Apr 22, 2017 10:29 AM EDT
Scientists On Earth Day: Protect The Planet Against Donald Trump [Video]
Mankind has been offering 24 hours out of 365 days for the planet. Earth Day is a global event held annually on April 22. This year is no different.
As part of this year's celebration, scientists from all over the world have organized a rally called "March for Science". Apparently, the movement was set to blast President Donald Trump for canceling various climate change research in America. If his plan pushes through, the planet is in great danger.
Typically, scientists stay out of the political scene. However, since the election of Trump in the White House, the experts feared that the new administration will make decisions that would "imperil" science. Unfortunately, they were correct.
In fact, per Time, one of the reasons for the march is to raise concerns about the future of Environmental Protection. Climate scientists joining the march will demonstrate against the 31 percent budget cut to the Environmental Protection Agency (EPA). The reduction affects many climate programs such as former President Barack Obama's Clean Power Plan.
Reportedly, the 31 percent proposed budget cut jeopardizes research about climate change. Trump, obviously, has been skeptical about the issue of global warming. On the other hand, his 18 percent markdown in funding for the National Institute of Health (NIH) is also a top concern for many scientists.
For her part, Carol Greider said in earlier media interviews that a nearly 20 percent cut to the NIH budget will mean no new grants for young researchers. Greider is a professor of molecular biology at Johns Hopkins University and a Nobel awardee. Obviously, without the support from Trump, the planet might lose the next generation of scientists.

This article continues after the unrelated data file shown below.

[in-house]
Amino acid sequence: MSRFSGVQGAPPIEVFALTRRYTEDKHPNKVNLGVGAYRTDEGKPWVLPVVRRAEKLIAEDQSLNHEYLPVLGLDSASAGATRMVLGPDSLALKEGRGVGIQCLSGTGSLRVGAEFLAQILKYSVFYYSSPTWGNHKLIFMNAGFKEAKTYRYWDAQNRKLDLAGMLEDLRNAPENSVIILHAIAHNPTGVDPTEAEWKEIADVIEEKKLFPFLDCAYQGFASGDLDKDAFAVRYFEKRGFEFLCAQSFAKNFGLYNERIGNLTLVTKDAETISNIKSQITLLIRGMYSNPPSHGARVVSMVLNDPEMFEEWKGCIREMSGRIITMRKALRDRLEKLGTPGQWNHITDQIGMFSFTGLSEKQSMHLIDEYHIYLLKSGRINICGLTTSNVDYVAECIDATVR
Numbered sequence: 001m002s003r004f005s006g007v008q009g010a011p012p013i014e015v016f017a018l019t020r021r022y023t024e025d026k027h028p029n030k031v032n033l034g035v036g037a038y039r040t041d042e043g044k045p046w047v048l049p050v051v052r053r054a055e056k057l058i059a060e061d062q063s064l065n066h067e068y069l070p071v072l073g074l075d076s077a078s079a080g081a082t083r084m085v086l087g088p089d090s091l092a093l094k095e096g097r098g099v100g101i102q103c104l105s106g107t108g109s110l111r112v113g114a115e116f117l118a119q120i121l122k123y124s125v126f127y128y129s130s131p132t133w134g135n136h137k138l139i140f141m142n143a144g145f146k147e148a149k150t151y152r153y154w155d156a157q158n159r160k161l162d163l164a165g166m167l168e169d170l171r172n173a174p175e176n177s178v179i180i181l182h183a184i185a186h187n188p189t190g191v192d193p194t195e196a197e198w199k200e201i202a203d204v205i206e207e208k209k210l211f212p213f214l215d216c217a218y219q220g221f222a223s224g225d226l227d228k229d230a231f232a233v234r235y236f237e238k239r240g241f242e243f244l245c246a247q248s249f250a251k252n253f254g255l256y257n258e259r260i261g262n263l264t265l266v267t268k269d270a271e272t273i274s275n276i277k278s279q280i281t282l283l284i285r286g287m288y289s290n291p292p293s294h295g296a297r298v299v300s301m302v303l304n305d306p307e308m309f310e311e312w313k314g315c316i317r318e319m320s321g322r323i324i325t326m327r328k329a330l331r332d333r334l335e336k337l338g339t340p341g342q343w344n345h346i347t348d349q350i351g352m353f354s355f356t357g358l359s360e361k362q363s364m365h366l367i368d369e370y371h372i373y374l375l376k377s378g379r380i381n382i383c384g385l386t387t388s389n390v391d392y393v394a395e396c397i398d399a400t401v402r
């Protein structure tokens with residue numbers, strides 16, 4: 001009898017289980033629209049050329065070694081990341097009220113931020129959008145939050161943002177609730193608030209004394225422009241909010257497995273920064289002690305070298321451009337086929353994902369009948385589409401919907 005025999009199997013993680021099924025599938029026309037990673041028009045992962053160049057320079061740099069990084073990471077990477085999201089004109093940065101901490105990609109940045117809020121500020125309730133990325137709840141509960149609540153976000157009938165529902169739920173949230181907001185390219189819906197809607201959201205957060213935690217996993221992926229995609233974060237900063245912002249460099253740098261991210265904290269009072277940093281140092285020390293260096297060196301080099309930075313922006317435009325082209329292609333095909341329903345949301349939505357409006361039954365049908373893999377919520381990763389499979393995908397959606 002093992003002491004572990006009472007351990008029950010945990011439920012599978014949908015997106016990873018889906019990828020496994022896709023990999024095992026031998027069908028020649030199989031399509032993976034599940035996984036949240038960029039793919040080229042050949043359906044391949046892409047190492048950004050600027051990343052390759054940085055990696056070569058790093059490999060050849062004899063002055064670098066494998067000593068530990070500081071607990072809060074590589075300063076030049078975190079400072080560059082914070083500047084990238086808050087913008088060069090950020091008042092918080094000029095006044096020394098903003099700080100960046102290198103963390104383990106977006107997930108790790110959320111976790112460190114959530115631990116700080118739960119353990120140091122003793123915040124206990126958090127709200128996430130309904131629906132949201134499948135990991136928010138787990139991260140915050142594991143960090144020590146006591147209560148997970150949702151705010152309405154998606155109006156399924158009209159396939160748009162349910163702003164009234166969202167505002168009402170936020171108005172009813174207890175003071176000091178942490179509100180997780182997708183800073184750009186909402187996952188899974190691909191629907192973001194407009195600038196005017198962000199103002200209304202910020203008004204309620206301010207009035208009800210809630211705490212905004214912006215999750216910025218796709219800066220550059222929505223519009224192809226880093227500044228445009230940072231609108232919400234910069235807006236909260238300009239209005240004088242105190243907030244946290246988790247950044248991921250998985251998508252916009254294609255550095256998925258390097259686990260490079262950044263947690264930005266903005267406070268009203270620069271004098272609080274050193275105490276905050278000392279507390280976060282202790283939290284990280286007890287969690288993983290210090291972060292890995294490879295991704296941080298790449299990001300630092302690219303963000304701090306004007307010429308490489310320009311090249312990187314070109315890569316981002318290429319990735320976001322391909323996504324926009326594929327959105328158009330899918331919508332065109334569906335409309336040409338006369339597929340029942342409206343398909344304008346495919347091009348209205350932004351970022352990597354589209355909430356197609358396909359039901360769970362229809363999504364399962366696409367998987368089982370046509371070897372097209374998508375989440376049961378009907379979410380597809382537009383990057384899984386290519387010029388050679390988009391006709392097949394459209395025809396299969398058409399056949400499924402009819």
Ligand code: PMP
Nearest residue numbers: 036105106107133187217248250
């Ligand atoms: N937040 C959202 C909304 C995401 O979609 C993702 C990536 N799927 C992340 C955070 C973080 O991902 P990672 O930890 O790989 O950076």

Moreover, the President wants more explorations in space rather than near-earth studies. On Saturday, thousands of environment advocates joined the "March for Science" in Washington, D.C. Meanwhile, hundreds more participated at satellite events in New York, Chicago, Birmingham, Alabama, and more. The Washington event started with a rally at around nine o'clock in the morning while over 500 similar events took place around the world.
Well, according to The Sun, Earth day began after a catastrophic oil spill occurred 50 years ago. Proposed by peace activist John McConnell at a UNESCO conference in San Francisco in1969, he knew that humans have a notable obligation to protect the Earth for future generations. The first event took place in 1970 joined by 2,000 colleges and 10,000 schools across America. It is now adopted in 192 countries.
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